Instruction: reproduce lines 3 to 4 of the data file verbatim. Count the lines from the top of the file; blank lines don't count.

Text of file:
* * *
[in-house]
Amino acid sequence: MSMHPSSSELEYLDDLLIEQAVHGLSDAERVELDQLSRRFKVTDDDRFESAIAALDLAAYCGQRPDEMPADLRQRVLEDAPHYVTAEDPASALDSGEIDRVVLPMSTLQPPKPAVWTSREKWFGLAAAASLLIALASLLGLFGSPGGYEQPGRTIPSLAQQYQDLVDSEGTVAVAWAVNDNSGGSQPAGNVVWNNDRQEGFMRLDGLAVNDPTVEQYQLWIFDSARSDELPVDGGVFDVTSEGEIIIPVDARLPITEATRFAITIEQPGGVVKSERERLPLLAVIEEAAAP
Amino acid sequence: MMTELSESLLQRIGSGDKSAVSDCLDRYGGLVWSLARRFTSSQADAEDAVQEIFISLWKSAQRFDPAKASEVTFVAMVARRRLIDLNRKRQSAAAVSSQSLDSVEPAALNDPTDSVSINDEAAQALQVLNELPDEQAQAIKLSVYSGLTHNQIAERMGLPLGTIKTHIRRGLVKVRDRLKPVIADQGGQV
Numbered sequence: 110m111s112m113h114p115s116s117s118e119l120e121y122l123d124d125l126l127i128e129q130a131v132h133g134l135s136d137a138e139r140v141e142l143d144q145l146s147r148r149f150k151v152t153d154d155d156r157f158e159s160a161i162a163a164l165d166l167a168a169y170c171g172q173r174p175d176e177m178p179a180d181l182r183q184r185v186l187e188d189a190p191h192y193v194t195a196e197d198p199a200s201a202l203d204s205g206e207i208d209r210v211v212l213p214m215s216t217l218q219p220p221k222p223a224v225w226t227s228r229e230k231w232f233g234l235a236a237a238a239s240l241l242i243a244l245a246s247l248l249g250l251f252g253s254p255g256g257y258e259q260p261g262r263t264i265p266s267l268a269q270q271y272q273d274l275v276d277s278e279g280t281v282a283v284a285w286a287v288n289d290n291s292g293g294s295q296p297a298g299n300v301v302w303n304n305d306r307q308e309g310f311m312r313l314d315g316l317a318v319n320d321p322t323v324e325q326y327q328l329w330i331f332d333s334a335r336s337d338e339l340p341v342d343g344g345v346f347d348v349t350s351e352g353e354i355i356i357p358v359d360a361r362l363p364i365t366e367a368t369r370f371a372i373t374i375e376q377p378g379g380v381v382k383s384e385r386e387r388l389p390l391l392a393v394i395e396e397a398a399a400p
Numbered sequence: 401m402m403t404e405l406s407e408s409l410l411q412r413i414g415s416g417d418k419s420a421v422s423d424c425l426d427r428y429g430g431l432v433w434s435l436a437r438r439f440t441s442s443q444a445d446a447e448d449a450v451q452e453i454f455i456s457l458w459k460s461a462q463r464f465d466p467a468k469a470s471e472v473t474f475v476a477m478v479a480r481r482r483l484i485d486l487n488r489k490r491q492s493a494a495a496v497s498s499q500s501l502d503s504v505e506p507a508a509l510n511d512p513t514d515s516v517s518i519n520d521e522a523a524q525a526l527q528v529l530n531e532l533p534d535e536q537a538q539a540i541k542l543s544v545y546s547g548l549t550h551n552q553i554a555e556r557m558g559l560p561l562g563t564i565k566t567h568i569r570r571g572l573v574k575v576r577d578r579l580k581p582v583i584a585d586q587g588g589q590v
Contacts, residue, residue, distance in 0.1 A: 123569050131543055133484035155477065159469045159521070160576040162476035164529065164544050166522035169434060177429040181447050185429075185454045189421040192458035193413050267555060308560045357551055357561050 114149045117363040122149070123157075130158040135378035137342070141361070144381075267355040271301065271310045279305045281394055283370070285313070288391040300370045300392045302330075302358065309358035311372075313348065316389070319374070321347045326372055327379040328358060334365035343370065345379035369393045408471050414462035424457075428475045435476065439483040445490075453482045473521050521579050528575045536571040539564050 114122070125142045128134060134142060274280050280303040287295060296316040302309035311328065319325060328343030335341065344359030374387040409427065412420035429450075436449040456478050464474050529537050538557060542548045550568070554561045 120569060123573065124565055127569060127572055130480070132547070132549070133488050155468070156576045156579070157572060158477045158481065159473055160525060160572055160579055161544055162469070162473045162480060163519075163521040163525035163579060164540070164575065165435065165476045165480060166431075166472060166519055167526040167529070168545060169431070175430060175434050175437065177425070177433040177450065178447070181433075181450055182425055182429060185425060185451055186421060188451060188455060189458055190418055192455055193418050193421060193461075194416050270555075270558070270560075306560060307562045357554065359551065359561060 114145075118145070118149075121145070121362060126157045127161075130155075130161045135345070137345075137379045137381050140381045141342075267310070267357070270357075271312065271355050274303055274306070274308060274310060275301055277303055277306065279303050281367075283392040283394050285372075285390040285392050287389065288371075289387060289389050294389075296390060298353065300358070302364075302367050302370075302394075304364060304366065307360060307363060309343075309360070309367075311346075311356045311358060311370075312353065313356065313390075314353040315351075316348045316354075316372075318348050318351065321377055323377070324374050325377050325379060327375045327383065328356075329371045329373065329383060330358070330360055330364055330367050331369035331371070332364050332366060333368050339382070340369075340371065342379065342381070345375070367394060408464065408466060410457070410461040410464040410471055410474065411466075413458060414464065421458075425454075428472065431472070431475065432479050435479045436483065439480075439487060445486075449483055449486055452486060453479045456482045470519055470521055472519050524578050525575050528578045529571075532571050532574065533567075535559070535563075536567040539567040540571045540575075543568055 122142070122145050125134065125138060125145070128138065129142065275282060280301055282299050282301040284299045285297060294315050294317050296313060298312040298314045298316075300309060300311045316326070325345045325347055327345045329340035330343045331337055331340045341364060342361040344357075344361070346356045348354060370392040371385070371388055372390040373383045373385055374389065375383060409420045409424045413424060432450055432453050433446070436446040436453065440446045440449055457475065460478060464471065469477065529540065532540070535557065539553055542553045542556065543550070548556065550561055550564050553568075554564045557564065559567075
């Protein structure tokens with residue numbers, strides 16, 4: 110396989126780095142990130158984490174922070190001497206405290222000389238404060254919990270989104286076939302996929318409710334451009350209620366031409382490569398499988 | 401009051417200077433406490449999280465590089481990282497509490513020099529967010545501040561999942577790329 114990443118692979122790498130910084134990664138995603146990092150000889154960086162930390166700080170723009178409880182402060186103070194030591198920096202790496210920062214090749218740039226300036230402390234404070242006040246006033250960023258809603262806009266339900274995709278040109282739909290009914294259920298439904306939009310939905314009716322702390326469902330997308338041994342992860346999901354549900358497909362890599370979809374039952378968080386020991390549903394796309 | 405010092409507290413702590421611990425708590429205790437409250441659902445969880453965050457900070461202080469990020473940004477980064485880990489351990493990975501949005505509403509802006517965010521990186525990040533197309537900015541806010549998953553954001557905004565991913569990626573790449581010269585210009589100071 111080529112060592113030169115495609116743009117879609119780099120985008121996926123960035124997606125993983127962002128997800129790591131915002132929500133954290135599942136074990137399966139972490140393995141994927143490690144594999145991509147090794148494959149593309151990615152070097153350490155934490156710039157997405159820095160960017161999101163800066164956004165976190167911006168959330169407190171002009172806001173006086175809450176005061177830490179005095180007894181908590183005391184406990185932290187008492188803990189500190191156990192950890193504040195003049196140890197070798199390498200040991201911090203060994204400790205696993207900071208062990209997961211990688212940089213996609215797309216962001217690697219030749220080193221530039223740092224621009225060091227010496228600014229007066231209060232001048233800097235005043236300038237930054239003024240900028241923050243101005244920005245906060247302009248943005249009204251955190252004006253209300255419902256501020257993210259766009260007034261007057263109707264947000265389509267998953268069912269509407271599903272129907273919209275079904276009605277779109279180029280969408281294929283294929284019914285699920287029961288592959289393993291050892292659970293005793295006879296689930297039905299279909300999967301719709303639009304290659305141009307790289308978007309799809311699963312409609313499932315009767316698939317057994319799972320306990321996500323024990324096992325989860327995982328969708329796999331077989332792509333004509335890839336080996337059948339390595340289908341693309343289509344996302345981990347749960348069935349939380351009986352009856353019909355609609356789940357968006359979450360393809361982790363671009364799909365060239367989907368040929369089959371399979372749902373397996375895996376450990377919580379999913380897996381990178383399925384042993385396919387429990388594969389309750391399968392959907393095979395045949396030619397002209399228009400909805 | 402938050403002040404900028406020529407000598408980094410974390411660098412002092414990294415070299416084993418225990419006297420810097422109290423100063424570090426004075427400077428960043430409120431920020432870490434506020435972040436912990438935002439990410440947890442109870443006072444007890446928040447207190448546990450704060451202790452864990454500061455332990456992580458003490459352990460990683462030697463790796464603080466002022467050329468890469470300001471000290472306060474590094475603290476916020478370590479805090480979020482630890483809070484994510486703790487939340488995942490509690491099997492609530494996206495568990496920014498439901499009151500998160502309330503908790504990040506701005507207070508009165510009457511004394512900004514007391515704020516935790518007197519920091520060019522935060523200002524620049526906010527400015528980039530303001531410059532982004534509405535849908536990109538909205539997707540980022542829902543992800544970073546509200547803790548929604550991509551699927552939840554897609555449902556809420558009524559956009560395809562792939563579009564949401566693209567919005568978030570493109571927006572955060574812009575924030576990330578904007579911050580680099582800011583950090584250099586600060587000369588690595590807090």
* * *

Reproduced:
Amino acid sequence: MMTELSESLLQRIGSGDKSAVSDCLDRYGGLVWSLARRFTSSQADAEDAVQEIFISLWKSAQRFDPAKASEVTFVAMVARRRLIDLNRKRQSAAAVSSQSLDSVEPAALNDPTDSVSINDEAAQALQVLNELPDEQAQAIKLSVYSGLTHNQIAERMGLPLGTIKTHIRRGLVKVRDRLKPVIADQGGQV
Numbered sequence: 110m111s112m113h114p115s116s117s118e119l120e121y122l123d124d125l126l127i128e129q130a131v132h133g134l135s136d137a138e139r140v141e142l143d144q145l146s147r148r149f150k151v152t153d154d155d156r157f158e159s160a161i162a163a164l165d166l167a168a169y170c171g172q173r174p175d176e177m178p179a180d181l182r183q184r185v186l187e188d189a190p191h192y193v194t195a196e197d198p199a200s201a202l203d204s205g206e207i208d209r210v211v212l213p214m215s216t217l218q219p220p221k222p223a224v225w226t227s228r229e230k231w232f233g234l235a236a237a238a239s240l241l242i243a244l245a246s247l248l249g250l251f252g253s254p255g256g257y258e259q260p261g262r263t264i265p266s267l268a269q270q271y272q273d274l275v276d277s278e279g280t281v282a283v284a285w286a287v288n289d290n291s292g293g294s295q296p297a298g299n300v301v302w303n304n305d306r307q308e309g310f311m312r313l314d315g316l317a318v319n320d321p322t323v324e325q326y327q328l329w330i331f332d333s334a335r336s337d338e339l340p341v342d343g344g345v346f347d348v349t350s351e352g353e354i355i356i357p358v359d360a361r362l363p364i365t366e367a368t369r370f371a372i373t374i375e376q377p378g379g380v381v382k383s384e385r386e387r388l389p390l391l392a393v394i395e396e397a398a399a400p